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Natural Hazards and Earth System Sciences An interactive open-access journal of the European Geosciences Union
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© Author(s) 2020. This work is distributed under
the Creative Commons Attribution 4.0 License.
© Author(s) 2020. This work is distributed under
the Creative Commons Attribution 4.0 License.

  11 Mar 2020

11 Mar 2020

Review status
This preprint is currently under review for the journal NHESS.

Attribution of the Australian bushfire risk to anthropogenic climate change

Geert Jan van Oldenborgh1, Folmer Krikken1, Sophie Lewis2, Nicholas J. Leach3, Flavio Lehner4,5, Kate R. Saunders6, Michiel van Weele1, Karsten Haustein7, Sihan Li7,8, David Wallom8, Sarah Sparrow8, Julie Arrighi9,10, Roop P. Singh9, Maarten K. van Aalst9,11,12, Sjoukje Y. Philip1, Robert Vautard13, and Friederike E. L. Otto7 Geert Jan van Oldenborgh et al.
  • 1Royal Netherlands Meteorological Institute (KNMI), De Bilt, Netherlands
  • 2University of New South Wales, Canberra, ACT, Australia
  • 3Atmospheric, Oceanic and Planetary Physics, Department of Physics, University of Oxford, Oxford, UK
  • 4Institute for Atmospheric and Climate Science, ETH Zürich, Zürich, Switzerland
  • 5Climate and Global Dynamics Laboratory, National Center for Atmospheric Research, Boulder, USA
  • 6Delft Institute of Applied Mathematics, Delft University of Technology, Delft, Netherlands
  • 7Environmental Change Institute, University of Oxford, Oxford, UK
  • 8Oxford e-Research Centre, University of Oxford, Oxford, UK
  • 9Red Cross Red Crescent Climate Centre, The Hague, Netherlands
  • 10Global Disaster Preparedness Center, Washington DC, USA
  • 11Faculty of Geo-information Science and Earth Observation, University of Twente, Enschede, Netherlands
  • 12International Research Institute for Climate and Society, Columbia University, New York, USA
  • 13Institut Pierre-Simon Laplace, France

Abstract. Disastrous bushfires during the last months of 2019 and January 2020 affected Australia, raising the question to what extent the risk of these fires was exacerbated by anthropogenic climate change. To answer the question for southeastern Australia, where fires were particularly severe, affecting people and ecosystems, we use a physically-based index of fire weather, the Fire Weather Index, long-term observations of heat and drought, and eleven large ensembles of state-of-the-art climate models. In agreement with previous analyses we find that heat extremes have become more likely by at least a factor two due to the long-term warming trend. However, current climate models overestimate variability and tend to underestimate the long-term trend in these extremes, so the true change in the likelihood of extreme heat could be larger. We do not find an attributable trend in either extreme annual drought or the driest month of the fire season September–February. The observations, however, show a weak drying trend in the annual mean. Finally, we find large trends in the Fire Weather Index in the ERA5 reanalysis, and a smaller but significant increase by at least 30 % in the models. The trend is mainly driven by the increase of temperature extremes and hence also likely underestimated. For the 2019/20 season more than half of the July–December drought was driven by record excursions of the Indian Ocean dipole and Southern Annular Mode. These factors are included in the analysis. The study reveals the complexity of the 2019/20 bushfire event, with some, but not all drivers showing an imprint of anthropogenic climate change.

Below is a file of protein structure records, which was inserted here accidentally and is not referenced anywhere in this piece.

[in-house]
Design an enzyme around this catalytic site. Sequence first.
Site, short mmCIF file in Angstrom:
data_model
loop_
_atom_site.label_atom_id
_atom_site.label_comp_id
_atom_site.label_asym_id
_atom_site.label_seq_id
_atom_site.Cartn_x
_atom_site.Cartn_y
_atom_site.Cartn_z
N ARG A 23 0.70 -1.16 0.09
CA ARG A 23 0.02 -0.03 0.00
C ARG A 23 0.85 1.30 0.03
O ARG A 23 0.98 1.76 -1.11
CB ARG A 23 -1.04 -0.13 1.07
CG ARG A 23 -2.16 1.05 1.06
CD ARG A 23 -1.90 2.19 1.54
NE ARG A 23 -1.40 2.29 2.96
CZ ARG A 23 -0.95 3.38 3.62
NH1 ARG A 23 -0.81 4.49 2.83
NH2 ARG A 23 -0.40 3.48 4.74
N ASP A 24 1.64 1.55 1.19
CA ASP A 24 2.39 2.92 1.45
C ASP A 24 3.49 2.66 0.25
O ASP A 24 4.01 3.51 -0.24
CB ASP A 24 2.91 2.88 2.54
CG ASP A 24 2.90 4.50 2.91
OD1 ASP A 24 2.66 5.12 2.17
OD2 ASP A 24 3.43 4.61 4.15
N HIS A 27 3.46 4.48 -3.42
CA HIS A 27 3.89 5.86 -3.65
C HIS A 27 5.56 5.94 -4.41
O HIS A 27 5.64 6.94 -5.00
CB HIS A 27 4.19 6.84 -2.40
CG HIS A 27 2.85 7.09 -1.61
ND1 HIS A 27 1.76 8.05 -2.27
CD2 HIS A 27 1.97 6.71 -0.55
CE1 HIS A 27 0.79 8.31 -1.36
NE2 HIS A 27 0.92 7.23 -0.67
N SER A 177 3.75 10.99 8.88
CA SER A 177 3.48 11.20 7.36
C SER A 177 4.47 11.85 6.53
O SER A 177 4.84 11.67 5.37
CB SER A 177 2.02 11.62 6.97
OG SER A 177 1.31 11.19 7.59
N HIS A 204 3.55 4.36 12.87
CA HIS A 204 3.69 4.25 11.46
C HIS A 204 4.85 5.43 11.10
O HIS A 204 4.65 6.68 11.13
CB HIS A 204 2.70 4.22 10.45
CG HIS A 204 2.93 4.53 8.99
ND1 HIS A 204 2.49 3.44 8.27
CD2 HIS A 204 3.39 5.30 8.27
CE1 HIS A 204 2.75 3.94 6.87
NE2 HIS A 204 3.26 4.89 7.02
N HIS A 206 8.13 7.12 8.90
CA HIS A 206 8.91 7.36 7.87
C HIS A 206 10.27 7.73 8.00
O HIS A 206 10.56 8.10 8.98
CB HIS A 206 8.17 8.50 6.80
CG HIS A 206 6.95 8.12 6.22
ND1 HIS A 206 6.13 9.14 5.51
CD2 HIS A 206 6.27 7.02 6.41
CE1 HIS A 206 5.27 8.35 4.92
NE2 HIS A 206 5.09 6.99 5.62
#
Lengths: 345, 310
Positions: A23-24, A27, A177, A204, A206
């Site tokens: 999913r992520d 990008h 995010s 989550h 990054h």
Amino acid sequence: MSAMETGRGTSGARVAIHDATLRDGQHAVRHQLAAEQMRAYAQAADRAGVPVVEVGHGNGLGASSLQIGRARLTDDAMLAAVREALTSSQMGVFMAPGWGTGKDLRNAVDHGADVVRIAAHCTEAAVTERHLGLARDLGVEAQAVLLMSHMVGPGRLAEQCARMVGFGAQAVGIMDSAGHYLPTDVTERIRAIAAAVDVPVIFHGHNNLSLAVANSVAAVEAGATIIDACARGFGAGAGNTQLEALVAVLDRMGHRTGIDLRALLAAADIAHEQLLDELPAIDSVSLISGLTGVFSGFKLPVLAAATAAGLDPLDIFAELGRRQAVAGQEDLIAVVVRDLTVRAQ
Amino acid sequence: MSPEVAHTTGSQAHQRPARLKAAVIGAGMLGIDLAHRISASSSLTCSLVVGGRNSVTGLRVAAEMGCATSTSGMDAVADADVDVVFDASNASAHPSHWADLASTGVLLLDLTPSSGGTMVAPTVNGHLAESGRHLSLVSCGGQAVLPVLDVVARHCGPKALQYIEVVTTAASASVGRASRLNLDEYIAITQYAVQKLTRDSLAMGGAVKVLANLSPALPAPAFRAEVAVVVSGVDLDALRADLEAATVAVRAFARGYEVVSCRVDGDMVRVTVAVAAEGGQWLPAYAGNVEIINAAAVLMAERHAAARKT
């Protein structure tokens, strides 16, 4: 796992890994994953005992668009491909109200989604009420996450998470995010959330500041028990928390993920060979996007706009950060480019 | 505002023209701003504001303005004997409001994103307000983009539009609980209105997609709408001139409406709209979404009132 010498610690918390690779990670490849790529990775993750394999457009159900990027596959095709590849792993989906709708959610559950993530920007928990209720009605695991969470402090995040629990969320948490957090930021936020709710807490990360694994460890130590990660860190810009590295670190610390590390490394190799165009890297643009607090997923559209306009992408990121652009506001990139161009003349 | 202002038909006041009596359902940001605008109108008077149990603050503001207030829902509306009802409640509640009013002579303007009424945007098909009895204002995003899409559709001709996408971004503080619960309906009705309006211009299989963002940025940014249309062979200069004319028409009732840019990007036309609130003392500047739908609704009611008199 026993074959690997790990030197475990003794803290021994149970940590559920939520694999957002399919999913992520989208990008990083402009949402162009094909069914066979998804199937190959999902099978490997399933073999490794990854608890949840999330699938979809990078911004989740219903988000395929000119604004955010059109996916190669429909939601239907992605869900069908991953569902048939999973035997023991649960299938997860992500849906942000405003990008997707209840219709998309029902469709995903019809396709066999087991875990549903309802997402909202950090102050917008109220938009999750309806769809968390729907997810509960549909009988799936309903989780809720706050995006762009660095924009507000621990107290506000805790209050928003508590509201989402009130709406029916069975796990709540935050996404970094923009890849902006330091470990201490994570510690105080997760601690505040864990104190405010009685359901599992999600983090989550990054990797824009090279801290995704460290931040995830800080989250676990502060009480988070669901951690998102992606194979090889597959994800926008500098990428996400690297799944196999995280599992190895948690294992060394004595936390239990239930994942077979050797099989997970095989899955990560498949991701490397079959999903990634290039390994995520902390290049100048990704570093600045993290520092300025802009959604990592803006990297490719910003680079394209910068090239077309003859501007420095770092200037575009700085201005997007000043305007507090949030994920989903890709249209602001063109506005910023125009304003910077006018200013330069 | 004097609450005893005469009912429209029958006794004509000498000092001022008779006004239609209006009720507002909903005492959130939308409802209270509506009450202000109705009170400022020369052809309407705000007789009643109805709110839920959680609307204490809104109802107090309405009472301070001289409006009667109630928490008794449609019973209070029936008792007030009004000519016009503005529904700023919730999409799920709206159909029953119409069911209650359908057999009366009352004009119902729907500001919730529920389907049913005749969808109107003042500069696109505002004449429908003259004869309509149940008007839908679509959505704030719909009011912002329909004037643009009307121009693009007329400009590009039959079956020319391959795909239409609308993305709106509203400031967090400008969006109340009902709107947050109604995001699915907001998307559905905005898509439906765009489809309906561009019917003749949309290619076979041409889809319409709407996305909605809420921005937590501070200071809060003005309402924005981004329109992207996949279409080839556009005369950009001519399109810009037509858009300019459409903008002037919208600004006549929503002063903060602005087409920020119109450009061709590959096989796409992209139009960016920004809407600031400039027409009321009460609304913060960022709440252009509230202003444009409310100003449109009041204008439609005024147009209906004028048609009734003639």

Geert Jan van Oldenborgh et al.

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Geert Jan van Oldenborgh et al.

Geert Jan van Oldenborgh et al.


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Latest update: 28 Sep 2020
Publications Copernicus
Short summary
Southeastern Australia suffered from disastrous bushfires during the 2019/20 fire season, raising the question whether these have become more likely due to climate change. We found no attributable trend in extreme annual or monthly low precipitation, but a clear shift towards more extreme heat. However, this shift is underestimated by the models. Analysing fire weather directly, we found that the chance has increased by at least 30 %, but due to the underestimation it could be much higher.
Southeastern Australia suffered from disastrous bushfires during the 2019/20 fire season,...